I've only had 1 year of basic Chemistry at school, so I am waay too uneducated to answer this question myself: What is the true caloric impact of ingested alcohol (ethanol) in the human body?

Here are a few things I presume to be fact:

  • When testing, how many calories a substance contains, it is done by setting that substance on fire, then measuring the missing oxygen, maybe the resulting CO2 and the heat.
  • Alcohol is poisonous to the human body, and cannot be used directly as an energy source
  • the human body has to expend energy to turn alcohol (and starch ect) into some usable form. (by oxygenating or hydrogenation or something alike)
  • every energetic substance we consume will be turned into adenosine triphosphate (ATP), which is the only 'energy carrier' our body uses when powering muscles

Conclusions I draw:

  • When we test things for calories, we get a good estimate of how much 'energy' it would serve us
  • yet the testing is just a guideline, as human digestion and internal biochemical processes are a bit more convoluted than the simple 'set it on fire' combustion
  • When we have two different substances with the same caloric value, consuming them might yield different energetic value to the body

So, how to formulate this mathematically:

  • tcv is the tested caloric value
  • ecv is the effective caloric value for the human body
  • tcv >= ecv
  • for those sugars, that can be used directly (e.g. converted into ATP): tcv = ecv
  • for most things, where internal biochems have to turn it into usable form : tcv > ecv
  • alcohol: tcv > ecv

So how energetically effective is alcohol to the human body, compared to sugars?

  • on a pure chemical level: ecv/tcv=? 50%? 70%?
  • considering neutralizing / storing / discarding unwanted byproducts
  • $\begingroup$ Ethanol does not bring any energy to our body. it just allows arteries to be a bit enlarged, so that the blood gets quicker to the capillaries, and gives an impression of more heat being produced. $\endgroup$ – Maurice Mar 14 '20 at 17:25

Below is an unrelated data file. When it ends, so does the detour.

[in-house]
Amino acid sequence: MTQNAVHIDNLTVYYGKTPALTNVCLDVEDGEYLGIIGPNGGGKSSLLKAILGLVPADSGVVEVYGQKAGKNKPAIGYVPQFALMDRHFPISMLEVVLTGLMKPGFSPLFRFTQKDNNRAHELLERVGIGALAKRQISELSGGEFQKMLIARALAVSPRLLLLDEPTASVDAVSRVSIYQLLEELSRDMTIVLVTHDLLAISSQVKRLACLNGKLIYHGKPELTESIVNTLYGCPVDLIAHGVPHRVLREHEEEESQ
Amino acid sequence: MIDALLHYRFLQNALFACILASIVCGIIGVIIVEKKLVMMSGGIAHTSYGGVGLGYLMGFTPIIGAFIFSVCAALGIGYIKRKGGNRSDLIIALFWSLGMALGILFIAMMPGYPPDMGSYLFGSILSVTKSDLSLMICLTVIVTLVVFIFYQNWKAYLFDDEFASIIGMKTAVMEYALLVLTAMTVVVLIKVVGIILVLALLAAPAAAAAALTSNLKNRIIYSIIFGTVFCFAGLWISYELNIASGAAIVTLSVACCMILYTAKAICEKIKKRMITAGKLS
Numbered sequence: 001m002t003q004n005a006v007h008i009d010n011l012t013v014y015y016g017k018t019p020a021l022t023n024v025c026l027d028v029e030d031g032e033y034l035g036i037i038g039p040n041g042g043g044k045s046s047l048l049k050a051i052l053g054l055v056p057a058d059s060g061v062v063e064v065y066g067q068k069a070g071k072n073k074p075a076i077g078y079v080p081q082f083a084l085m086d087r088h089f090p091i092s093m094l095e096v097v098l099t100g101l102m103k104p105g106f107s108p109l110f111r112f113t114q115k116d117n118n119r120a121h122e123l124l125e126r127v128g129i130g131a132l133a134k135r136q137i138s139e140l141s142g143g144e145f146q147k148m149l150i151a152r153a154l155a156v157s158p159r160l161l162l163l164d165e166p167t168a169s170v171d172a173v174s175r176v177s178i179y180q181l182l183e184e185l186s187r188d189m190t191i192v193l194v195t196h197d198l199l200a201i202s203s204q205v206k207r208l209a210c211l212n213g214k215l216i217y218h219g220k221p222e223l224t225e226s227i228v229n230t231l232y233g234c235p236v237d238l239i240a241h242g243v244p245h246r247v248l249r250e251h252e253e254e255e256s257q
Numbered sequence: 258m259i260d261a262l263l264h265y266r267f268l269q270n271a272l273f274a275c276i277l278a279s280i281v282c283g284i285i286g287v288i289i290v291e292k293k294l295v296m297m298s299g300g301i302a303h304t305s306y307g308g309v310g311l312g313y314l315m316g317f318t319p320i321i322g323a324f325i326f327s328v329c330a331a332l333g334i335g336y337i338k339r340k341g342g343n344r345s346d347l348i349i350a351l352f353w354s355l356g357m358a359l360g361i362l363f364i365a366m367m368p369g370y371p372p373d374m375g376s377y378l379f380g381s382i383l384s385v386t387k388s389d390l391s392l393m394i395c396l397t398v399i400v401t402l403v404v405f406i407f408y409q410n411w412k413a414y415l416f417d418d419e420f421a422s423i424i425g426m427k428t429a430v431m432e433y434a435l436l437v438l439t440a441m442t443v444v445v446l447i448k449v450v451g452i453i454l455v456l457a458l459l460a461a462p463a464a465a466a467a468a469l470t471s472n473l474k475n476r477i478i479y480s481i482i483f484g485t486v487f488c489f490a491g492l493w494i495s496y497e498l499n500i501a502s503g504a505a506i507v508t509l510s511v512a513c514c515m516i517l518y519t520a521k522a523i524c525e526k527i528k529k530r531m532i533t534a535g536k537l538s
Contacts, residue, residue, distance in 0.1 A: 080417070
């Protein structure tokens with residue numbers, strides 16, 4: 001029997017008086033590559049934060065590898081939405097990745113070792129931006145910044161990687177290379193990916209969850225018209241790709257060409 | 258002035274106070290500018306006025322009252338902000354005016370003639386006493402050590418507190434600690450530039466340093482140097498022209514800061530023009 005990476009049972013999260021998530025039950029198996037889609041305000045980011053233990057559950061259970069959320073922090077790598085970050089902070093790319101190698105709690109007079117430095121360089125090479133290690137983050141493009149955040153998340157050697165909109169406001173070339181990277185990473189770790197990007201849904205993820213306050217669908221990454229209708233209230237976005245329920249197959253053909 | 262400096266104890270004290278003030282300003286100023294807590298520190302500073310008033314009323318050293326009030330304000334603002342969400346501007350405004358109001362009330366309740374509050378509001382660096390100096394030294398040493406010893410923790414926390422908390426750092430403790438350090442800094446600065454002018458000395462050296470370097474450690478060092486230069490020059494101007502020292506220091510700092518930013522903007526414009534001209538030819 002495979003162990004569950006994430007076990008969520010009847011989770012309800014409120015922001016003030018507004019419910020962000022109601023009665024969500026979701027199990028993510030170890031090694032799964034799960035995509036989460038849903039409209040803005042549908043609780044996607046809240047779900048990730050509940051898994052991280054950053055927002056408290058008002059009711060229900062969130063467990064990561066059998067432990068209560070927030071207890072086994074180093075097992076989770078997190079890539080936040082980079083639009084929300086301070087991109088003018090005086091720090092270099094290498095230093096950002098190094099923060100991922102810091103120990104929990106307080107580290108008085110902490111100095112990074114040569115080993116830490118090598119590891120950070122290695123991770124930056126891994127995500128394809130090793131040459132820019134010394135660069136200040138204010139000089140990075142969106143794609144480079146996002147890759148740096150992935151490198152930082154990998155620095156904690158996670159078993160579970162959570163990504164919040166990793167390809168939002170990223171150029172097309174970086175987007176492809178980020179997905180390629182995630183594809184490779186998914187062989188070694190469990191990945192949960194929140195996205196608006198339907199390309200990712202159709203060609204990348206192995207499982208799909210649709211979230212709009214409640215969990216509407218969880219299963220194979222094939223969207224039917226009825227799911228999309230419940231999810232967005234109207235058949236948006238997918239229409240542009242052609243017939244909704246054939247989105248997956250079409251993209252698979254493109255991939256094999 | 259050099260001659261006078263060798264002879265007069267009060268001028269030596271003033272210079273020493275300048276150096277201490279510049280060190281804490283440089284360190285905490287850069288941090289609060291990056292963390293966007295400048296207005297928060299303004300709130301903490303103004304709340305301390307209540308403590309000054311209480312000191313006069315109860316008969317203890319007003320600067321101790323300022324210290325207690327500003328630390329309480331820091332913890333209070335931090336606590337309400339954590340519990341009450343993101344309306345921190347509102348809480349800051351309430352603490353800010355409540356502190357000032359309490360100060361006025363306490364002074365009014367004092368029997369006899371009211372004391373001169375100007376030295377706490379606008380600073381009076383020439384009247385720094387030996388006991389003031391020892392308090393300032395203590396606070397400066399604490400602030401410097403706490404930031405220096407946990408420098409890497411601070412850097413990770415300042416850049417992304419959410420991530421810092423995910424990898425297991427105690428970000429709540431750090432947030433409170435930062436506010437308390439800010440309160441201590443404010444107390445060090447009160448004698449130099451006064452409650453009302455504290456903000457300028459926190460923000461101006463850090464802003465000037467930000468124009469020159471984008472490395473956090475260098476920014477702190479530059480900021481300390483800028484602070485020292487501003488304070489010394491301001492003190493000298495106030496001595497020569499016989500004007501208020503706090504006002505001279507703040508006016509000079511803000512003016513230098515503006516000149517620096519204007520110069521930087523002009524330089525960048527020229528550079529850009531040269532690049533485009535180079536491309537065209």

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    $\begingroup$ @Maurice Ethanol does have calories; it is converted to acidic acid and funneled into the citric acid cycle: ncbi.nlm.nih.gov/pmc/articles/PMC4338356 $\endgroup$ – Karsten Theis Mar 14 '20 at 17:32
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    $\begingroup$ The method is a bit more sophisticated, but still a rough estimation: mcgill.ca/oss/article/nutrition/… $\endgroup$ – Karsten Theis Mar 14 '20 at 17:35
  • $\begingroup$ @Maurice Just wrong. But there is an interesting question as to whether conventional ways of measuring food calorific value apply to alcohol as alcohol metabolism doesn't go through exactly the same rout as carbohydrates. It is both an interesting and important question. $\endgroup$ – matt_black Mar 14 '20 at 23:13
  • $\begingroup$ @KarstenTheis hey man, thanx a lot for the links! Quite interesting to read. Yet they basically state that the full impact on our metabolical digestion has by far not been understood or measured, that there are only preliminary thesises and estimations, especially not on the chemical level. Also cleared up my assumption about how caloric testing is achieved, but the article is still a little vague on that. Thanx also to matt_black $\endgroup$ – JayC667 Mar 17 '20 at 20:40

An interesting study, 'Can calories from ethanol contribute to body weight preservation by malnourished rats?', to quote: